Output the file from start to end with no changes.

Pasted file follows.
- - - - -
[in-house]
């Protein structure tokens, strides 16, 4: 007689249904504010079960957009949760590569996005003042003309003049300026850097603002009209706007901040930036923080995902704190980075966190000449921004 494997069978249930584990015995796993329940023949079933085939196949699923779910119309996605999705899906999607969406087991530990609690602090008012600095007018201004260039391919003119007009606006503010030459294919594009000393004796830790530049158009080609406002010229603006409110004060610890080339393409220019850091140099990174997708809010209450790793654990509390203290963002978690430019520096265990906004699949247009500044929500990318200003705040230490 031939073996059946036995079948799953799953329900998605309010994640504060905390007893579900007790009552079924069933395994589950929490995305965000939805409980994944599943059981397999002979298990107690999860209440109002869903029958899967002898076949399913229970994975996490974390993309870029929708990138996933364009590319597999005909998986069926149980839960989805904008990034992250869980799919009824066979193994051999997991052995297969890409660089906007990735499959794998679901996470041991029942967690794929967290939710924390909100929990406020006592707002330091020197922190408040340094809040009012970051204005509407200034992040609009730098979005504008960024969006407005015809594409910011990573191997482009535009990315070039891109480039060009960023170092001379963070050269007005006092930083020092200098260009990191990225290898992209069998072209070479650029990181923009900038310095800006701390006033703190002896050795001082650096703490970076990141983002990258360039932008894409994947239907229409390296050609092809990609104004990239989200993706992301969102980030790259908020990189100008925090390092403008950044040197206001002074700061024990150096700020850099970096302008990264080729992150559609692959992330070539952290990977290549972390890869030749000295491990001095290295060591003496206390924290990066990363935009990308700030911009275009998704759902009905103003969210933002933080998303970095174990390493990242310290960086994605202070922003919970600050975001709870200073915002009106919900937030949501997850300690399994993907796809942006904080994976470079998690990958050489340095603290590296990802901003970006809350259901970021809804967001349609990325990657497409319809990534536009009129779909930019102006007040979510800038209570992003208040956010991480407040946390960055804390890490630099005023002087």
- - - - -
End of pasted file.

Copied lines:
[in-house]
């Protein structure tokens, strides 16, 4: 007689249904504010079960957009949760590569996005003042003309003049300026850097603002009209706007901040930036923080995902704190980075966190000449921004 494997069978249930584990015995796993329940023949079933085939196949699923779910119309996605999705899906999607969406087991530990609690602090008012600095007018201004260039391919003119007009606006503010030459294919594009000393004796830790530049158009080609406002010229603006409110004060610890080339393409220019850091140099990174997708809010209450790793654990509390203290963002978690430019520096265990906004699949247009500044929500990318200003705040230490 031939073996059946036995079948799953799953329900998605309010994640504060905390007893579900007790009552079924069933395994589950929490995305965000939805409980994944599943059981397999002979298990107690999860209440109002869903029958899967002898076949399913229970994975996490974390993309870029929708990138996933364009590319597999005909998986069926149980839960989805904008990034992250869980799919009824066979193994051999997991052995297969890409660089906007990735499959794998679901996470041991029942967690794929967290939710924390909100929990406020006592707002330091020197922190408040340094809040009012970051204005509407200034992040609009730098979005504008960024969006407005015809594409910011990573191997482009535009990315070039891109480039060009960023170092001379963070050269007005006092930083020092200098260009990191990225290898992209069998072209070479650029990181923009900038310095800006701390006033703190002896050795001082650096703490970076990141983002990258360039932008894409994947239907229409390296050609092809990609104004990239989200993706992301969102980030790259908020990189100008925090390092403008950044040197206001002074700061024990150096700020850099970096302008990264080729992150559609692959992330070539952290990977290549972390890869030749000295491990001095290295060591003496206390924290990066990363935009990308700030911009275009998704759902009905103003969210933002933080998303970095174990390493990242310290960086994605202070922003919970600050975001709870200073915002009106919900937030949501997850300690399994993907796809942006904080994976470079998690990958050489340095603290590296990802901003970006809350259901970021809804967001349609990325990657497409319809990534536009009129779909930019102006007040979510800038209570992003208040956010991480407040946390960055804390890490630099005023002087």